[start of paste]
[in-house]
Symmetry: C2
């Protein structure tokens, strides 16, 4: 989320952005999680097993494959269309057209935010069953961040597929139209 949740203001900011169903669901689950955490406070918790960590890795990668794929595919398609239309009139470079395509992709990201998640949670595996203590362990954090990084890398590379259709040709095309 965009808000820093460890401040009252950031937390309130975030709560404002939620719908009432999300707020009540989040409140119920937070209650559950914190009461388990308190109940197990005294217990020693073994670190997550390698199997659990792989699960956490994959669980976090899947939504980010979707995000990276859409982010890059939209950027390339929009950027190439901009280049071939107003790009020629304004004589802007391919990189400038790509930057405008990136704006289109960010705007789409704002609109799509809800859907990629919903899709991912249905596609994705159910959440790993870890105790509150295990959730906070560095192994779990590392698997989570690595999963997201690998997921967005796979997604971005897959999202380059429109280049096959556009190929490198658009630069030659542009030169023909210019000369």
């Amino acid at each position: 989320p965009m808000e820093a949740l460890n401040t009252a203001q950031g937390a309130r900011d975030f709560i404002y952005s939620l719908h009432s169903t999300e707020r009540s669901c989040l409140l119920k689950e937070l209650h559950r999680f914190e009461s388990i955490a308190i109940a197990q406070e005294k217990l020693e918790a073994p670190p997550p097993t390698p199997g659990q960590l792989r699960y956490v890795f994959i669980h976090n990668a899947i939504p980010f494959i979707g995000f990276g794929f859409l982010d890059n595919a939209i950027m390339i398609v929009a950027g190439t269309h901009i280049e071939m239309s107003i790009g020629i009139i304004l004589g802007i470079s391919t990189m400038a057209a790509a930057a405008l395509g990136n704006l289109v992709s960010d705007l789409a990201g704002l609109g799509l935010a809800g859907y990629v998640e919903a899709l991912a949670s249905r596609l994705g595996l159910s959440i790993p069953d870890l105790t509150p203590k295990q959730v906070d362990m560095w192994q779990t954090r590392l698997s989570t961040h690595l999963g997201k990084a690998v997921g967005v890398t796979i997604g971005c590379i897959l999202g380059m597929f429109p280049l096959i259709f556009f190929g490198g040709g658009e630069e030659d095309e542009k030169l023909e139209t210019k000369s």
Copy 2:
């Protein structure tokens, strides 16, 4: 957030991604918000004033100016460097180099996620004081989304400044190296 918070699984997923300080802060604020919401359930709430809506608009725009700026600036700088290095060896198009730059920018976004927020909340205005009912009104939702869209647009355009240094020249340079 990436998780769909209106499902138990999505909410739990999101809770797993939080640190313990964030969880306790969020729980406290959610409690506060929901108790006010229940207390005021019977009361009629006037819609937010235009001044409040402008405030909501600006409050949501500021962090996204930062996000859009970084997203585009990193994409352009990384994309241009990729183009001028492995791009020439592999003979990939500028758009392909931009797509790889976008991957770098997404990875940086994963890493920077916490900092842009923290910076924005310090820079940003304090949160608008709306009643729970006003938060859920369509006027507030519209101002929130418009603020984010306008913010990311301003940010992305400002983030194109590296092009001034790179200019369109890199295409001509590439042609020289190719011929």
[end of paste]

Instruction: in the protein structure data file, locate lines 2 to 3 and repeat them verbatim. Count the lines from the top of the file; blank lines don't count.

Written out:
Symmetry: C2
């Protein structure tokens, strides 16, 4: 989320952005999680097993494959269309057209935010069953961040597929139209 949740203001900011169903669901689950955490406070918790960590890795990668794929595919398609239309009139470079395509992709990201998640949670595996203590362990954090990084890398590379259709040709095309 965009808000820093460890401040009252950031937390309130975030709560404002939620719908009432999300707020009540989040409140119920937070209650559950914190009461388990308190109940197990005294217990020693073994670190997550390698199997659990792989699960956490994959669980976090899947939504980010979707995000990276859409982010890059939209950027390339929009950027190439901009280049071939107003790009020629304004004589802007391919990189400038790509930057405008990136704006289109960010705007789409704002609109799509809800859907990629919903899709991912249905596609994705159910959440790993870890105790509150295990959730906070560095192994779990590392698997989570690595999963997201690998997921967005796979997604971005897959999202380059429109280049096959556009190929490198658009630069030659542009030169023909210019000369």